I foolishly woke up at 3am this morning to listen to the first Red Sox playoff game over the WEEI Red Sox internet radio network, live from Oakland. When I get up in the middle of the night for a game like this, I want it to be very short and to end in a Sox victory — not to get a twelve-inning game that ends in defeat at around quarter to eight in the morning. So I won’t be trying that one again, at least not for the current Divisional Series. Bugger.

UPDATE: 11.40pm: Damn. Two down.

World’s Least Likely Baseball Fan

I thought that I was the world’s least likely baseball fan, but in the last few lines of David McKie’s fine obituary for Guardian columnist Hugo Young, it turns out he rooted for the New York Yankees. Somehow that doesn’t quite fit the image I had of him, after fifteen years of reading his columns.

(For fellow Red Sox fans: as of last night, the magic number is down to four…)

Akademgorodok Stakhanovites

While I’m in sports mode, I’m delighted to report that the Akademgorodok Stakhanovites have been resurrected for the 2003 Fantasy Baseball season. Afficianados will remember that they first appeared in a tournament in 2000, where they were roundly beaten by, among others, the London Underground and the Bellevue Baristas. Next year they’ll be in a completely different competition, whose rules I barely understand, up against, among others, the Dalston Ground-Rule Doubles and the Docklands Hound Dawgs. They will lose, of course: ex-Soviet Fantasy Baseball franchises are still in a very bad way. (I’m always tempted to call a Fantasy Baseball team the Boston Red Brigades, but this time around I think I’m going to stick with the Stakhanovites).


Those who know me will know that around this time each year, my thoughts turn to the fortunes of the Boston Red Sox, and they will stay so turned until the moment comes when it is all too obvious that the team will not make it to this year’s play-offs / divisional championship / World Series [delete as applicable].

Last year that moment came too early in the year, when a string of injuries to key players – shortstop Nomar Garciaparra, catcher Jason Varitek and, crucially, pitcher Pedro Martinez – and various managerial shakeups caused the team to implode around August. But perhaps things will be different this year: the players I’ve just mentioned are healthy again (though Pedro’s pitching currently leaves quite a bit to be desired); there are exciting new signings (including veteran base-stealing supremo Rickey Henderson); and new owners and managers, which possibly counts for something.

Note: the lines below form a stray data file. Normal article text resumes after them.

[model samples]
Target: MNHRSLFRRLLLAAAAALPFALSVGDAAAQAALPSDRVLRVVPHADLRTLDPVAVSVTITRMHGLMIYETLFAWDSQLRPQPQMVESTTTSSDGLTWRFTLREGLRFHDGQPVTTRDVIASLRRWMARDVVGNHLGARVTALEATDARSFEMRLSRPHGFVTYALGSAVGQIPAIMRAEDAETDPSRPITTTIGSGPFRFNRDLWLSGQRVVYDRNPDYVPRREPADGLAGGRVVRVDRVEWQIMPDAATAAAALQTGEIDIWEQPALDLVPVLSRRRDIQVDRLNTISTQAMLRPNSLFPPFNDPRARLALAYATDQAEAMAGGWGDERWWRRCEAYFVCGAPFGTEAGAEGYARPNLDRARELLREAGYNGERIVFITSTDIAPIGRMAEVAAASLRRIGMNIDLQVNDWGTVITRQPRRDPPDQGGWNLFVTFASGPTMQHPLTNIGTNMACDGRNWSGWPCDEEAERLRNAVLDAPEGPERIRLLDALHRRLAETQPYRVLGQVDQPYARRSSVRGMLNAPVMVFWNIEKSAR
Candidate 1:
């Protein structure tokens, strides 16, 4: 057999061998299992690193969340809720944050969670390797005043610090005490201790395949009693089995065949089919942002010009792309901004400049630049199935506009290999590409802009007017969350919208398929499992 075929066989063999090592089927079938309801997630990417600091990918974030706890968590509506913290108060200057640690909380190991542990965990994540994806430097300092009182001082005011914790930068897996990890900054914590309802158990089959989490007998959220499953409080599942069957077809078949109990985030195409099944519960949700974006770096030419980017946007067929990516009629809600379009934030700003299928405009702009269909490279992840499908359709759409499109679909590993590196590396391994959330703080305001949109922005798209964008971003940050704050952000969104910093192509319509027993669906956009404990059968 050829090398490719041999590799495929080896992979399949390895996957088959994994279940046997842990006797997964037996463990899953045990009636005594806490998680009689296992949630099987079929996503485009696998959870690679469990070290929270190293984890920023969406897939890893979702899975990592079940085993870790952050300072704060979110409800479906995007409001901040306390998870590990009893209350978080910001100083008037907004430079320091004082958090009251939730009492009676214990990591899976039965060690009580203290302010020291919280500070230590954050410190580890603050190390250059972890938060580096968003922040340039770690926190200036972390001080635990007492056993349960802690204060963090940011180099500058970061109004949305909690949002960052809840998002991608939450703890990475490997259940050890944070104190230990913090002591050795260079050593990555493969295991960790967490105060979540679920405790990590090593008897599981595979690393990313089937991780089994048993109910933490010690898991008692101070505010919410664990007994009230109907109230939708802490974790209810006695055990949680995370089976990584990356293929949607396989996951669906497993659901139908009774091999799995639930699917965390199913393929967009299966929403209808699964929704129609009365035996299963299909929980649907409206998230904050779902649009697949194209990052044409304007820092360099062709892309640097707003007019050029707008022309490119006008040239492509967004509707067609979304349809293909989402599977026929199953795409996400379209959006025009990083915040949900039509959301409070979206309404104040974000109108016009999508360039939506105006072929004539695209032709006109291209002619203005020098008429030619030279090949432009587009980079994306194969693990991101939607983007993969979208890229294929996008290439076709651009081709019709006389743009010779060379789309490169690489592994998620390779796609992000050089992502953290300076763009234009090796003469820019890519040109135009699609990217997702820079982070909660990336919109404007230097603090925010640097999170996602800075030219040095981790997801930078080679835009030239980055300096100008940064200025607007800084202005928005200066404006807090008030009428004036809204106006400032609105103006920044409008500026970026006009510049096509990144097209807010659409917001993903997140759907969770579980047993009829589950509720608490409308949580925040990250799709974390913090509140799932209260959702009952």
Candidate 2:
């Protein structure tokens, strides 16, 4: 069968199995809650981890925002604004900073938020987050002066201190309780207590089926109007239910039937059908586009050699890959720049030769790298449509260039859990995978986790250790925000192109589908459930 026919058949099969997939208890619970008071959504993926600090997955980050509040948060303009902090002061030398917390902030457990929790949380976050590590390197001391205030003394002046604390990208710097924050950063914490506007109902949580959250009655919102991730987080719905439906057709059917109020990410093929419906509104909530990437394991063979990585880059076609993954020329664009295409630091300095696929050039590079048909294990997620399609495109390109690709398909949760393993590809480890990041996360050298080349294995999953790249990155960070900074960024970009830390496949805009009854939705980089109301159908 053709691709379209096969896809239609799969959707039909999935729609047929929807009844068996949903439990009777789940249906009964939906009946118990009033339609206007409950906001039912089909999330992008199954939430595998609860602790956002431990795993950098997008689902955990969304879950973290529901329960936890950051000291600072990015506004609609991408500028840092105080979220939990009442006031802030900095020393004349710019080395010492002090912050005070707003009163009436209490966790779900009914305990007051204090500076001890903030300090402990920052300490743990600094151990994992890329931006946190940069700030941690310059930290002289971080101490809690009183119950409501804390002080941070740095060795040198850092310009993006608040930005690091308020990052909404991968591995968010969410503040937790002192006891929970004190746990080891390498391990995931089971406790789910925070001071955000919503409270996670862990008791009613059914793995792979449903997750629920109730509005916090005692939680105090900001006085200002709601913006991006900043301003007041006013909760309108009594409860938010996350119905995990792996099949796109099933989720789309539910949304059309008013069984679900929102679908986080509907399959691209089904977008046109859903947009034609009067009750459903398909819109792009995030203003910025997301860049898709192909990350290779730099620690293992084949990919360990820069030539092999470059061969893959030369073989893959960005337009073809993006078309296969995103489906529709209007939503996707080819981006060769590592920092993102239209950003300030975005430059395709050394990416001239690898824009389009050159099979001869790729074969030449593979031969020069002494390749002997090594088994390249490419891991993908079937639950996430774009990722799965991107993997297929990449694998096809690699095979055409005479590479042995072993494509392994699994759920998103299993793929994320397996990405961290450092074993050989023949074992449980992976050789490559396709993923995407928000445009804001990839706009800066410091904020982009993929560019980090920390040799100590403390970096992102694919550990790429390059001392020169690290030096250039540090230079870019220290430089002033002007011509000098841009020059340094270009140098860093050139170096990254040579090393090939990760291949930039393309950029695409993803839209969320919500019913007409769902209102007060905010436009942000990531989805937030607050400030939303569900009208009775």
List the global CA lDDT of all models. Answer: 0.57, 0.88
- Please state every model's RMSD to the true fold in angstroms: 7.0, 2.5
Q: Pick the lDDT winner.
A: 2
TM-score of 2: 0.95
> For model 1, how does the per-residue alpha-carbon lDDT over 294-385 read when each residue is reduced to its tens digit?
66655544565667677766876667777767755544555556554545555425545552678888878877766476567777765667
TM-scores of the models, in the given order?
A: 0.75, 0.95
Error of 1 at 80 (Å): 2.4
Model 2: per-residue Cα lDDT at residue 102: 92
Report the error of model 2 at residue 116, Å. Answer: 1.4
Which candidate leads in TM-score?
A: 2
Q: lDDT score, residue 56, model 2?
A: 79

And in a burst early season optimism this year I’ve willingly shelled out $15 to be able to listen to the WEEI Red Sox Radio Network being streamed through my computer over the course of the season. (Those of you who have seen the quite-good-but-not-very-good film In The Bedroom will have been exposed to the regular WEEI commentators Joe Castiglione and Jerry Trupiano, who can be heard whenever the radio is switched on during the film). Following baseball live isn’t a terribly sensible option from the UK, since most of the games begin at midnight BST, but there are weekend afternoon games which start over here around 6pm — and I’ve just listened to a 4-2 win over the Baltimore Orioles (my friend Adam Shapiro’s team, though not the Adam Shapiro who is currently the subject of earnest editorialising over at the New York Times), with Nomar hitting a three-run home run in the seventh inning to take the lead and, as it turned out, to win the game.

My fondness for and interest in the Red Sox continues to surprise me. Although I’ve always enjoyed ball games, I’ve never been terribly good at supporting any teams ever — and haven’t even cared much about the fortunes of the English cricket team since about 1985 (though that was a good year).

OK — there will be weblog silence for the next ten days or so. Back in mid-April. Stay tuned.